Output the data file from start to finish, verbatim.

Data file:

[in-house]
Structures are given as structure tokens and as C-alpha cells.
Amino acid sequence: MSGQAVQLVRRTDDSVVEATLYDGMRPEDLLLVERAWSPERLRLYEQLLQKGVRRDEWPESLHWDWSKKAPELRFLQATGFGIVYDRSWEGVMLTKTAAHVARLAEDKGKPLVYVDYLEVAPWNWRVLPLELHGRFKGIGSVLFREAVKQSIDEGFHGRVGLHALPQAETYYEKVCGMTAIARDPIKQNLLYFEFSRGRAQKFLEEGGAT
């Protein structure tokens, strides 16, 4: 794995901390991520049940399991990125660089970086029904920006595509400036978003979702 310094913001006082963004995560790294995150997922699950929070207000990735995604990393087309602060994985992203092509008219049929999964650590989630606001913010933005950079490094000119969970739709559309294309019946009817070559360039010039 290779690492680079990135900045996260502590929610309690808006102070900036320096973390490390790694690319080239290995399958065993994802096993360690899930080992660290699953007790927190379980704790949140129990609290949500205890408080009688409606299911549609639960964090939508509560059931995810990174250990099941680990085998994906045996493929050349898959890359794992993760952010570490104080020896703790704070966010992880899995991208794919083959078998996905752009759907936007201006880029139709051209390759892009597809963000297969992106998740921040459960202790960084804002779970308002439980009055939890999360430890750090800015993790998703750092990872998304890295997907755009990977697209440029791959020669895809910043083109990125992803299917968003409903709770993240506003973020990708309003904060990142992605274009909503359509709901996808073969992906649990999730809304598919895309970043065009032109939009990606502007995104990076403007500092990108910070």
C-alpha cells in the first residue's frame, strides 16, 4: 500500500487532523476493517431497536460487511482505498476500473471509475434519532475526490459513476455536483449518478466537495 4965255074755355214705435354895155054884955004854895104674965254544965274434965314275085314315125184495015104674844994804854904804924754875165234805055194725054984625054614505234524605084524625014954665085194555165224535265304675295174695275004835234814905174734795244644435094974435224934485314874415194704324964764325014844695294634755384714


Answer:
[in-house]
Structures are given as structure tokens and as C-alpha cells.
Amino acid sequence: MSGQAVQLVRRTDDSVVEATLYDGMRPEDLLLVERAWSPERLRLYEQLLQKGVRRDEWPESLHWDWSKKAPELRFLQATGFGIVYDRSWEGVMLTKTAAHVARLAEDKGKPLVYVDYLEVAPWNWRVLPLELHGRFKGIGSVLFREAVKQSIDEGFHGRVGLHALPQAETYYEKVCGMTAIARDPIKQNLLYFEFSRGRAQKFLEEGGAT
């Protein structure tokens, strides 16, 4: 794995901390991520049940399991990125660089970086029904920006595509400036978003979702 310094913001006082963004995560790294995150997922699950929070207000990735995604990393087309602060994985992203092509008219049929999964650590989630606001913010933005950079490094000119969970739709559309294309019946009817070559360039010039 290779690492680079990135900045996260502590929610309690808006102070900036320096973390490390790694690319080239290995399958065993994802096993360690899930080992660290699953007790927190379980704790949140129990609290949500205890408080009688409606299911549609639960964090939508509560059931995810990174250990099941680990085998994906045996493929050349898959890359794992993760952010570490104080020896703790704070966010992880899995991208794919083959078998996905752009759907936007201006880029139709051209390759892009597809963000297969992106998740921040459960202790960084804002779970308002439980009055939890999360430890750090800015993790998703750092990872998304890295997907755009990977697209440029791959020669895809910043083109990125992803299917968003409903709770993240506003973020990708309003904060990142992605274009909503359509709901996808073969992906649990999730809304598919895309970043065009032109939009990606502007995104990076403007500092990108910070």
C-alpha cells in the first residue's frame, strides 16, 4: 500500500487532523476493517431497536460487511482505498476500473471509475434519532475526490459513476455536483449518478466537495 4965255074755355214705435354895155054884955004854895104674965254544965274434965314275085314315125184495015104674844994804854904804924754875165234805055194725054984625054614505234524605084524625014954665085194555165224535265304675295174695275004835234814905174734795244644435094974435224934485314874415194704324964764325014844695294634755384714